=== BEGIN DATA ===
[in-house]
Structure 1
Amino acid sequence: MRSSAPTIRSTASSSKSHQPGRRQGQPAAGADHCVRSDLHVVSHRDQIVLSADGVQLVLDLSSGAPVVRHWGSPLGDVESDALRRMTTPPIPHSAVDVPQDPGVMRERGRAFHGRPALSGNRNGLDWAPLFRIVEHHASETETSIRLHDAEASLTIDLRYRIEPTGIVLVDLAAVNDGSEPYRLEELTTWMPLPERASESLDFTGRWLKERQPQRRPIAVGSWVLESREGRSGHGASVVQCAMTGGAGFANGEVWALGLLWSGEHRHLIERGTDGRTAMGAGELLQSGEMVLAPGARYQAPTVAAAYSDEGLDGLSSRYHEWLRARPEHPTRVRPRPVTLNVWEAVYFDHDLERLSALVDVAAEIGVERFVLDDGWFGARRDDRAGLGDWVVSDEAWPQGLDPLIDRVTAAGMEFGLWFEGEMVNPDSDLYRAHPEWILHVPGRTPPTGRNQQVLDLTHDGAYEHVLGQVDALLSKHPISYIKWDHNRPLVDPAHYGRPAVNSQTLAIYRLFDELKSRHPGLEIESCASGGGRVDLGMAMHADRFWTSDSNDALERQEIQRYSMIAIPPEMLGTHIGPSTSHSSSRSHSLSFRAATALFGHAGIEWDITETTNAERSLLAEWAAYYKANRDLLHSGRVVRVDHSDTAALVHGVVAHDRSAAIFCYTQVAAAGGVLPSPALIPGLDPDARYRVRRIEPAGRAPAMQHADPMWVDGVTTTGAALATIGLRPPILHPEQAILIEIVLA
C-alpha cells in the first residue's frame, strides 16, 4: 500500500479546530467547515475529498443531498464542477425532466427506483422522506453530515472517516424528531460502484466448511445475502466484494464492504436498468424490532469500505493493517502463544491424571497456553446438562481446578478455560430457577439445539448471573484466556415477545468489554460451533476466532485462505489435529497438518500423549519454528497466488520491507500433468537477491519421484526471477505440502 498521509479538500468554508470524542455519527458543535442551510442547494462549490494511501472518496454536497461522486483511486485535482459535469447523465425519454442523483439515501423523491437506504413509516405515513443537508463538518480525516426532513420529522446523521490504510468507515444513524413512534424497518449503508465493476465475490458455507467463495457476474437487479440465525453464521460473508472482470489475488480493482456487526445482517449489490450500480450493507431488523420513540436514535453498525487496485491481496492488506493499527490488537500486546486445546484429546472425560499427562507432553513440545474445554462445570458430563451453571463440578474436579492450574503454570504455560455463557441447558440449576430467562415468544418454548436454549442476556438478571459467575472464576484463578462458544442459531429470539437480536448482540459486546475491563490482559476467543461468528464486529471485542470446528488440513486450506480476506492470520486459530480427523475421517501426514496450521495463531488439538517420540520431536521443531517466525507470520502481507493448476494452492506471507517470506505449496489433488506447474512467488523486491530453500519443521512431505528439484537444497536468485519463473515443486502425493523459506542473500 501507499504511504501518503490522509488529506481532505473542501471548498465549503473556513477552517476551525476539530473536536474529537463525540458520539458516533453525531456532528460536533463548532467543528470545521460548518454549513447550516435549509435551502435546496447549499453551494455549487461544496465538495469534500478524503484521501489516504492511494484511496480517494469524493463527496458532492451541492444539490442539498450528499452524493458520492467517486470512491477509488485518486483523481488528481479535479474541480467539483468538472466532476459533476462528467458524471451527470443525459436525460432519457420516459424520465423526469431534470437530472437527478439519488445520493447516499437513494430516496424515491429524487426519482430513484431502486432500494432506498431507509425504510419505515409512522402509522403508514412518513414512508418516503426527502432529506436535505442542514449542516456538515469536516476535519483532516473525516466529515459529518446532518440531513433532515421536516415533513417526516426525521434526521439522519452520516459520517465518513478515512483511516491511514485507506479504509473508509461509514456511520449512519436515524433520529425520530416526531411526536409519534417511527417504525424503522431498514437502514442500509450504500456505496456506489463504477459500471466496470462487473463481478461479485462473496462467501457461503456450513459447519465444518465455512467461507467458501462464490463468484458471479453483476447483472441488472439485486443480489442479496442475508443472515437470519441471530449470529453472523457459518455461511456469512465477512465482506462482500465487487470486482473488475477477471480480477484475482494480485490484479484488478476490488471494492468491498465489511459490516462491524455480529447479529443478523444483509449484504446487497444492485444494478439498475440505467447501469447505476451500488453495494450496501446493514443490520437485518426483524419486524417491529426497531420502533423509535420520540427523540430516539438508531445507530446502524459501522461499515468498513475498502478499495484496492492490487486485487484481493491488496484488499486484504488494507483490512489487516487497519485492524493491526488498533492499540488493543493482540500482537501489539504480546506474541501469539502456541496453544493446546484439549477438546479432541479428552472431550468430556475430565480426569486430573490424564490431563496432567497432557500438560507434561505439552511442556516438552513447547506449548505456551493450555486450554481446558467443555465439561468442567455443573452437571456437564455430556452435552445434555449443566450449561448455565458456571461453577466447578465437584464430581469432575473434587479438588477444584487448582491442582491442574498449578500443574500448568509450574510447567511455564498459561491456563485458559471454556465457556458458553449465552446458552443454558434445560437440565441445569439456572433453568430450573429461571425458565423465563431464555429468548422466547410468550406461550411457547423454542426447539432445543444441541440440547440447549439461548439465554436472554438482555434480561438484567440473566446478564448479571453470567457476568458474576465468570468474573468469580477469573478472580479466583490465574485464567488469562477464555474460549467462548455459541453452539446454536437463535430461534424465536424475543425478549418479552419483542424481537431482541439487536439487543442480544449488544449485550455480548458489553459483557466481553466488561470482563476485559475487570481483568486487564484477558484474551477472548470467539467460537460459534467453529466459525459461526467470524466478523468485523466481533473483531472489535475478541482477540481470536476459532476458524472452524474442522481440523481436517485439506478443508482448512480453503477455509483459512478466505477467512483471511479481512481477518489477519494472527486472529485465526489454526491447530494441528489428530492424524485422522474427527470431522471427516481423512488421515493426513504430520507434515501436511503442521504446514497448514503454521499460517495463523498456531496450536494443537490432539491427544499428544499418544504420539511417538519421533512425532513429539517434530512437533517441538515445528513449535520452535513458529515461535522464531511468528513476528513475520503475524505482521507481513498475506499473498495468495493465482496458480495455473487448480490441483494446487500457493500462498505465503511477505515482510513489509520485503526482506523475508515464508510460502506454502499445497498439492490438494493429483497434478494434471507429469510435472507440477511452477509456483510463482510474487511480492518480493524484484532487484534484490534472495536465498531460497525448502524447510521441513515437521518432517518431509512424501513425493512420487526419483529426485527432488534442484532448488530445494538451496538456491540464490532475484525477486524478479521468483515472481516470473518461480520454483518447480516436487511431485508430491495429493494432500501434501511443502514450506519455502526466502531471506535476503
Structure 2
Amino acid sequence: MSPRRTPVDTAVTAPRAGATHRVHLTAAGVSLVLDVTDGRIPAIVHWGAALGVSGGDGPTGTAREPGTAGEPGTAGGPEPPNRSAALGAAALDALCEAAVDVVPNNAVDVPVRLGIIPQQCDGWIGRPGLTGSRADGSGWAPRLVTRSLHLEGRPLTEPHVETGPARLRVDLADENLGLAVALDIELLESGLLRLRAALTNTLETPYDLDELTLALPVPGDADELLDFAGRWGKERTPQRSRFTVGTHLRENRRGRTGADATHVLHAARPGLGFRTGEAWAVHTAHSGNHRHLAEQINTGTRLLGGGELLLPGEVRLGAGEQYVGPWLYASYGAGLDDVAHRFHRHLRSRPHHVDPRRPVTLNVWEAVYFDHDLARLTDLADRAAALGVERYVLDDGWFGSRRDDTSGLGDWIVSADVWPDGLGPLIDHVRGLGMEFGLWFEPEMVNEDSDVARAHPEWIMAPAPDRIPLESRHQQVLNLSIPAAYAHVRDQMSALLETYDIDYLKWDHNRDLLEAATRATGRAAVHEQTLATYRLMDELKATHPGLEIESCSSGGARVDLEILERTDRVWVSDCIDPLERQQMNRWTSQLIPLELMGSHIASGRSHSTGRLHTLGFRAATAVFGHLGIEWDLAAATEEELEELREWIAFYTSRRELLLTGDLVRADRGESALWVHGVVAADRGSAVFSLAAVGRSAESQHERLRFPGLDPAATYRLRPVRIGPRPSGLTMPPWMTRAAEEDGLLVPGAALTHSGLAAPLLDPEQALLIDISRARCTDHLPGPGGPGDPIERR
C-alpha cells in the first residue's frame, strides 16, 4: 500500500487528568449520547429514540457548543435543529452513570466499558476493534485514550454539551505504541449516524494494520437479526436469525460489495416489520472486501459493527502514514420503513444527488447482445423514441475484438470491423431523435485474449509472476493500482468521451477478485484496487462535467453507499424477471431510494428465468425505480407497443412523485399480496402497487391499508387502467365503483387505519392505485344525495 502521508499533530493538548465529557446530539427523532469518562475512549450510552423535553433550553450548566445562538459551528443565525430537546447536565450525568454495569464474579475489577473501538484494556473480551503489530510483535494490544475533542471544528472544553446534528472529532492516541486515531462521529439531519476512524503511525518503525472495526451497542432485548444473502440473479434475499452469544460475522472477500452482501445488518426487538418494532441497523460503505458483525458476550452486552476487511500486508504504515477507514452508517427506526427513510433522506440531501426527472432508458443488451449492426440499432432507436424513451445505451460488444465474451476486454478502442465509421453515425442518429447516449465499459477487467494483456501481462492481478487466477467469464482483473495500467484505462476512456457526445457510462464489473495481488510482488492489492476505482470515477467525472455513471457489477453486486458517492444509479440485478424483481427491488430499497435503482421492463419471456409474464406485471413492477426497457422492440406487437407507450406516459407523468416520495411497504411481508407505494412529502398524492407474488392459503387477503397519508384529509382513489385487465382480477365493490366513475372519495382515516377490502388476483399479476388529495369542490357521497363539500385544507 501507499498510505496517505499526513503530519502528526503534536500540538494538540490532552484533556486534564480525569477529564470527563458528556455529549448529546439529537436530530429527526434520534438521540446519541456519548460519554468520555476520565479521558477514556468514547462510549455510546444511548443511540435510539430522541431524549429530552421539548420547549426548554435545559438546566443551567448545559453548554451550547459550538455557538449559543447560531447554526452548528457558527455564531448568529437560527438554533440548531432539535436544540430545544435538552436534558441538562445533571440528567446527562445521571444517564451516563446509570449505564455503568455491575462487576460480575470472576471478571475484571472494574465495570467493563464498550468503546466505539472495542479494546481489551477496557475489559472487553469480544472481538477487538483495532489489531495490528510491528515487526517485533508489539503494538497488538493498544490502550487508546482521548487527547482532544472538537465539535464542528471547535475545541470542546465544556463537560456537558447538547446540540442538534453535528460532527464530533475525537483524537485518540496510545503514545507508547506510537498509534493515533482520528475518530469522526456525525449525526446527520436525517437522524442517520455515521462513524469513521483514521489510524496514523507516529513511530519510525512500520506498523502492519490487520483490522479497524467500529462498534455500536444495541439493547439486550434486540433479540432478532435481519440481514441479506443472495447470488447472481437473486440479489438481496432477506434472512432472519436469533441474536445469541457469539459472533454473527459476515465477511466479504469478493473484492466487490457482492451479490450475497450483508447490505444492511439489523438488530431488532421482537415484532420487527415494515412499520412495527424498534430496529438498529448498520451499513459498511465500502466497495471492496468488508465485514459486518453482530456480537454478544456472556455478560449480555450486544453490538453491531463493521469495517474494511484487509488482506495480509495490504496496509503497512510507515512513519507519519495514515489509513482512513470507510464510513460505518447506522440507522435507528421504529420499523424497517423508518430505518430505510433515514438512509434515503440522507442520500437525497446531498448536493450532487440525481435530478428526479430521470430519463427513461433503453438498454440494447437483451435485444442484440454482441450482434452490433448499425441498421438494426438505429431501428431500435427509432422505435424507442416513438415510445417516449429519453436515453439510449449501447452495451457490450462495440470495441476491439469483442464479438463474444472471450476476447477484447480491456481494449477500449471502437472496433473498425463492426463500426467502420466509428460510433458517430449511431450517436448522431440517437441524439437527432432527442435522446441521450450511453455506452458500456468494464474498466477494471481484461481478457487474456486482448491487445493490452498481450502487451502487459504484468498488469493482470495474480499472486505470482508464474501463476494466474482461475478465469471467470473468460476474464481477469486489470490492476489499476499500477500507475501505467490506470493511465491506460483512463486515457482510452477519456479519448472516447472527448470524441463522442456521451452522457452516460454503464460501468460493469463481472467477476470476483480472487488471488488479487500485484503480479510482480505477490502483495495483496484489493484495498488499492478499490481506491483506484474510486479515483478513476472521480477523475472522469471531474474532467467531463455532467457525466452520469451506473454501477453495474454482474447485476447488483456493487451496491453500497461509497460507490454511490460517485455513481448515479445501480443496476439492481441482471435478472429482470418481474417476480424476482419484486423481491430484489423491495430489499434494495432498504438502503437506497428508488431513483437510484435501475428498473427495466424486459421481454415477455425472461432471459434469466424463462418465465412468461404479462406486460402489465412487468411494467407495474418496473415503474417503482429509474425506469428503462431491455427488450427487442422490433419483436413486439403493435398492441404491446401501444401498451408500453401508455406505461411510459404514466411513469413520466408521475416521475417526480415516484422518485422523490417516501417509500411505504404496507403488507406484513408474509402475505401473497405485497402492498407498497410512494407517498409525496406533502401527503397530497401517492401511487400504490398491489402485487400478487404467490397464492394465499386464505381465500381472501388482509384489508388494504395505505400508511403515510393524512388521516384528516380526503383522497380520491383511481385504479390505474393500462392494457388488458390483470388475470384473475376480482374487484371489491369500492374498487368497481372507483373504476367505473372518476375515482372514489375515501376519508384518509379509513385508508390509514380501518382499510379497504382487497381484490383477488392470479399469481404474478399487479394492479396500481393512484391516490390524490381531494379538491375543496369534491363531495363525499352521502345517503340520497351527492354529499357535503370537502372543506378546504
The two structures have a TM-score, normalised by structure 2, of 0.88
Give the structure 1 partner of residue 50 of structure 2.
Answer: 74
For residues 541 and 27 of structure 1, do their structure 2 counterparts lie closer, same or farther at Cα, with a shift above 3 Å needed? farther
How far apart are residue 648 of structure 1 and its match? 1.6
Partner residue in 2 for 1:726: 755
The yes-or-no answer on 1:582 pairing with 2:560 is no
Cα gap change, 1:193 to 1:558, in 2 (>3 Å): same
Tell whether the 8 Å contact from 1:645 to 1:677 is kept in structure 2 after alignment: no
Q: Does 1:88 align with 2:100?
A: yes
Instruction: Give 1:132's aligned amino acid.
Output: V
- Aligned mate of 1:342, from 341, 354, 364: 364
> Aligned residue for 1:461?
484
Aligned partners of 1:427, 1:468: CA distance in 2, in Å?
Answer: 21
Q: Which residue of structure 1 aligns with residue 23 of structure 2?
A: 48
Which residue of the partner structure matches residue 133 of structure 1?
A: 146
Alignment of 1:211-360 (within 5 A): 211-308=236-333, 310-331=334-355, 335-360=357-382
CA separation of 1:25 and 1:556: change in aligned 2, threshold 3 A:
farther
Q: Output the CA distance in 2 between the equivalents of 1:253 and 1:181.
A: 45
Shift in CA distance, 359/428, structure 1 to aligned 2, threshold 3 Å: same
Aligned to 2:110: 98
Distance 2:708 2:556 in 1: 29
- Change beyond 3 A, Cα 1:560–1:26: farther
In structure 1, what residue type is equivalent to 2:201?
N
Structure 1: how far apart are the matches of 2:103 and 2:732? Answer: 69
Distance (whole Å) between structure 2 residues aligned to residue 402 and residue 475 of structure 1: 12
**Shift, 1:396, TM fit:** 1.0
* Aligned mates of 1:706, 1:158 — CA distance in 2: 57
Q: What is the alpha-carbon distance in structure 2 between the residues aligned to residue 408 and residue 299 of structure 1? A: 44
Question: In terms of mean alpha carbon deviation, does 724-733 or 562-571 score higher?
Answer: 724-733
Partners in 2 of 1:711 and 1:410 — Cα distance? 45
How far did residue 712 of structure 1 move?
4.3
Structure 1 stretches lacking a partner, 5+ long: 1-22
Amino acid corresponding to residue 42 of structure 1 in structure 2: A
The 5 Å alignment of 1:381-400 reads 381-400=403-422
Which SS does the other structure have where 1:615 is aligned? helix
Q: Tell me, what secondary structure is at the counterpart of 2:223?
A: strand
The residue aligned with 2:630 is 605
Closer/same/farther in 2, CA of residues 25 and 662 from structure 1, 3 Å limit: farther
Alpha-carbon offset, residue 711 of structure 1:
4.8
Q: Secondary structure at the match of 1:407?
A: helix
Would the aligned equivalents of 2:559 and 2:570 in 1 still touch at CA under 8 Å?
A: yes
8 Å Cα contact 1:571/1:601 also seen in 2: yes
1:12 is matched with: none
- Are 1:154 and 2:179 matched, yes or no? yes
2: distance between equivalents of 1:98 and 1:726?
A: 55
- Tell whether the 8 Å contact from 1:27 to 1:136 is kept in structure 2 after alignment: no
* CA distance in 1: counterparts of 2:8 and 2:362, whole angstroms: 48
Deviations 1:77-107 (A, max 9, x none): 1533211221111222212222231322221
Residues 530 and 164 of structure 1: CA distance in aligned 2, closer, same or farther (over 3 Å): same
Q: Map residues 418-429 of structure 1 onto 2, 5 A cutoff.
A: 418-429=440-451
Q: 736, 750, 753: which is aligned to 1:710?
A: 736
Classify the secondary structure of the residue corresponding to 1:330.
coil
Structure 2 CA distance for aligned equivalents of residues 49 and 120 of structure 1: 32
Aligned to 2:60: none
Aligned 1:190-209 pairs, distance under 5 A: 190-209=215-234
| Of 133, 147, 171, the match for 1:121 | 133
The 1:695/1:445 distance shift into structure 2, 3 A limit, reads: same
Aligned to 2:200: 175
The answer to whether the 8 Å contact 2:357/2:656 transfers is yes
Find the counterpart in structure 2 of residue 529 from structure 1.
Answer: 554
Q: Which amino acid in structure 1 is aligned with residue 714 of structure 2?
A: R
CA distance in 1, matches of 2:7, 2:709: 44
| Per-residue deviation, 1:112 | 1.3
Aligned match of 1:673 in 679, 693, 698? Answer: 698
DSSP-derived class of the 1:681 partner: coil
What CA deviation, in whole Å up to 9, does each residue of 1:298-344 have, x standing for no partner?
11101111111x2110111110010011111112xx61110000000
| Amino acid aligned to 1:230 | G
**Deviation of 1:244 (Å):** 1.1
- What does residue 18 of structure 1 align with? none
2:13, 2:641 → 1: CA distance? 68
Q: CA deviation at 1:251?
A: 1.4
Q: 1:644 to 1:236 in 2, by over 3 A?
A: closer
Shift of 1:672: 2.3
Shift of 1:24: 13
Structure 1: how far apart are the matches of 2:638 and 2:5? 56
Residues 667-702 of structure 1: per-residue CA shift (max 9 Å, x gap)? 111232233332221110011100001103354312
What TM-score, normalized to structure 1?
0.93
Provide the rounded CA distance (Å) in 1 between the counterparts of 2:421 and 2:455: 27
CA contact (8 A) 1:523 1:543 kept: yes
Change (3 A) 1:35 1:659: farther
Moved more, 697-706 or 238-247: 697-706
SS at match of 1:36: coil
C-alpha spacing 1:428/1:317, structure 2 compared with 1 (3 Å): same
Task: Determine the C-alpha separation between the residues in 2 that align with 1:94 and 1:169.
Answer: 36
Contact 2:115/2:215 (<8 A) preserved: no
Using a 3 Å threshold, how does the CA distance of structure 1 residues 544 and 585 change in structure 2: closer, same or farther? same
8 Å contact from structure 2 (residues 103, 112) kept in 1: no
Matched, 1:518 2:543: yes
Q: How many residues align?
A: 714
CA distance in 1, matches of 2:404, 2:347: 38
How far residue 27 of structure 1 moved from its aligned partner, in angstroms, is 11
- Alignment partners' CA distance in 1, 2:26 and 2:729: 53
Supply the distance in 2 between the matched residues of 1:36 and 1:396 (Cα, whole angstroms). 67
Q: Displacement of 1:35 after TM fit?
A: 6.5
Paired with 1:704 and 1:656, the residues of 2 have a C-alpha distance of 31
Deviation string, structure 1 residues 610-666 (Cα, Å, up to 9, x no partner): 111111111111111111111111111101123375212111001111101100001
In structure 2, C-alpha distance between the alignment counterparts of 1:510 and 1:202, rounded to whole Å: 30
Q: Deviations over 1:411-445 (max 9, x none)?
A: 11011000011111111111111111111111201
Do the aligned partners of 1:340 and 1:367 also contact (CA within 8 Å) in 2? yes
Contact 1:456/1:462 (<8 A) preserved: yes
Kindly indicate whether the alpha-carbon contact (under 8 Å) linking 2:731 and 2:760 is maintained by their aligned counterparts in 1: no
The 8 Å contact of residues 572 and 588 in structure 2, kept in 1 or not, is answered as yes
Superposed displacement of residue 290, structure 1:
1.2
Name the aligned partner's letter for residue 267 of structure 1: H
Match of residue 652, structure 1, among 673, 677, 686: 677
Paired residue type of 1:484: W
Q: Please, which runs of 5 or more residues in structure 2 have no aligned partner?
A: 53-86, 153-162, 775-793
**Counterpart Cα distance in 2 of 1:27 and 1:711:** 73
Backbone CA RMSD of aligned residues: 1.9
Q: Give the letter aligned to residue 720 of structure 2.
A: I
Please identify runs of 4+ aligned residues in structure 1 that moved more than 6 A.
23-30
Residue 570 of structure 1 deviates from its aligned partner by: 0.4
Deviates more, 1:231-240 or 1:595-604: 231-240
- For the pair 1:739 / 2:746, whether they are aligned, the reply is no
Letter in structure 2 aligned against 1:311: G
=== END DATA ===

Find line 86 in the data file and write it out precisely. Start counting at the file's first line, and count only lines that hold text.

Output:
The answer to whether the 8 Å contact 2:357/2:656 transfers is yes